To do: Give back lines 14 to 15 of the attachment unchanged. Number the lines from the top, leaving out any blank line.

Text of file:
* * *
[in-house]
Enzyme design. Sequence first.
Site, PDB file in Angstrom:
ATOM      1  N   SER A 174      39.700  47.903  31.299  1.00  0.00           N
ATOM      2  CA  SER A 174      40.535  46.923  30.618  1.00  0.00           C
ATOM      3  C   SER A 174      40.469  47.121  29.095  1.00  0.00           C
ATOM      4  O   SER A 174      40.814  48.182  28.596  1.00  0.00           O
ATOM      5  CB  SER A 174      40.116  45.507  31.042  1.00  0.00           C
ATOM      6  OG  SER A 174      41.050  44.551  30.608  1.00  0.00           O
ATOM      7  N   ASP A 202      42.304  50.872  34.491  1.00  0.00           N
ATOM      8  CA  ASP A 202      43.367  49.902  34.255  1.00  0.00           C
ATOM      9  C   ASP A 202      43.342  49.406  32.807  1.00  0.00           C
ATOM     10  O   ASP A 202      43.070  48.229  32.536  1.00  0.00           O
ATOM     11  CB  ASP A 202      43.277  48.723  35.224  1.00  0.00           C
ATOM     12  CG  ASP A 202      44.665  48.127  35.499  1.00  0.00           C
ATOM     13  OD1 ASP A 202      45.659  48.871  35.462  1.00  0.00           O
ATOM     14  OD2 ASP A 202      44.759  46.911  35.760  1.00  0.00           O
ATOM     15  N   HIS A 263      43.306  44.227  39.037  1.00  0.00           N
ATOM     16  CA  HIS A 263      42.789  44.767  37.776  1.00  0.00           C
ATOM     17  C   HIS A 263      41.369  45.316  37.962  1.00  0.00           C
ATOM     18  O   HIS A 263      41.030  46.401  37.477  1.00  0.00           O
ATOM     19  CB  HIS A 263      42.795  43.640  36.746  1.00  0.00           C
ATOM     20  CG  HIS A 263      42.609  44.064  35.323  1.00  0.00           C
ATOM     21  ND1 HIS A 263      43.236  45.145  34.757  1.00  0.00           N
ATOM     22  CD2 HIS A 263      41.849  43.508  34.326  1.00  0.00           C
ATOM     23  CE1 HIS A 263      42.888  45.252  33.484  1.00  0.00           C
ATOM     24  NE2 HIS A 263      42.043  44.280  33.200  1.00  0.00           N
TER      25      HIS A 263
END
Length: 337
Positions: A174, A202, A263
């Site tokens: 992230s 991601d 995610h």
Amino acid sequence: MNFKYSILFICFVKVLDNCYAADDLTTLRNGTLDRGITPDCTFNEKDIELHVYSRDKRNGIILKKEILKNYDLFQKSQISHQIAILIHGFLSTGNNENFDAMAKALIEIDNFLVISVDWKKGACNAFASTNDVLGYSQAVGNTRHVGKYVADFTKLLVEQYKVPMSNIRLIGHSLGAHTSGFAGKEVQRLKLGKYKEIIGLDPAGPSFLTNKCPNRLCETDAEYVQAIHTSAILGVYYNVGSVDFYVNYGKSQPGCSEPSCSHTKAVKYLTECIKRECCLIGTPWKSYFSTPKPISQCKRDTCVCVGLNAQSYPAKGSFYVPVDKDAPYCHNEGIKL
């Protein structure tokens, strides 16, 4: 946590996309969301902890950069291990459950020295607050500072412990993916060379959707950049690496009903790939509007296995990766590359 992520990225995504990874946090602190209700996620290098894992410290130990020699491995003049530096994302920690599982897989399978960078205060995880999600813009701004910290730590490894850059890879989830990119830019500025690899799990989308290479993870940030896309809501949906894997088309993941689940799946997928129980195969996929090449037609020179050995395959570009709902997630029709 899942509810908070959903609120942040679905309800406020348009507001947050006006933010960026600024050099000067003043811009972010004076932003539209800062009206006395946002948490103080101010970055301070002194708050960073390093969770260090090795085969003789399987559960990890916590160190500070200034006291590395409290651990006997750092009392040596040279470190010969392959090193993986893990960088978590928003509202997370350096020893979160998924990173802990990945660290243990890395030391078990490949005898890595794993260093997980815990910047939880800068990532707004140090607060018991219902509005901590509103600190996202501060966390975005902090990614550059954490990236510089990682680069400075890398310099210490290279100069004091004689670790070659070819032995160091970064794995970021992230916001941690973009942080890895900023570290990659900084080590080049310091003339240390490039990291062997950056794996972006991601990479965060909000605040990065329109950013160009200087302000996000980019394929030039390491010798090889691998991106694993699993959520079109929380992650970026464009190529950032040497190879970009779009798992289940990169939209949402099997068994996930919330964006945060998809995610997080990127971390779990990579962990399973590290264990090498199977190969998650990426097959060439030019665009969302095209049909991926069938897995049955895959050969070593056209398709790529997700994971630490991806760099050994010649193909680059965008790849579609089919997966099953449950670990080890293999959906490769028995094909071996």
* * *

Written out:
ATOM     11  CB  ASP A 202      43.277  48.723  35.224  1.00  0.00           C
ATOM     12  CG  ASP A 202      44.665  48.127  35.499  1.00  0.00           C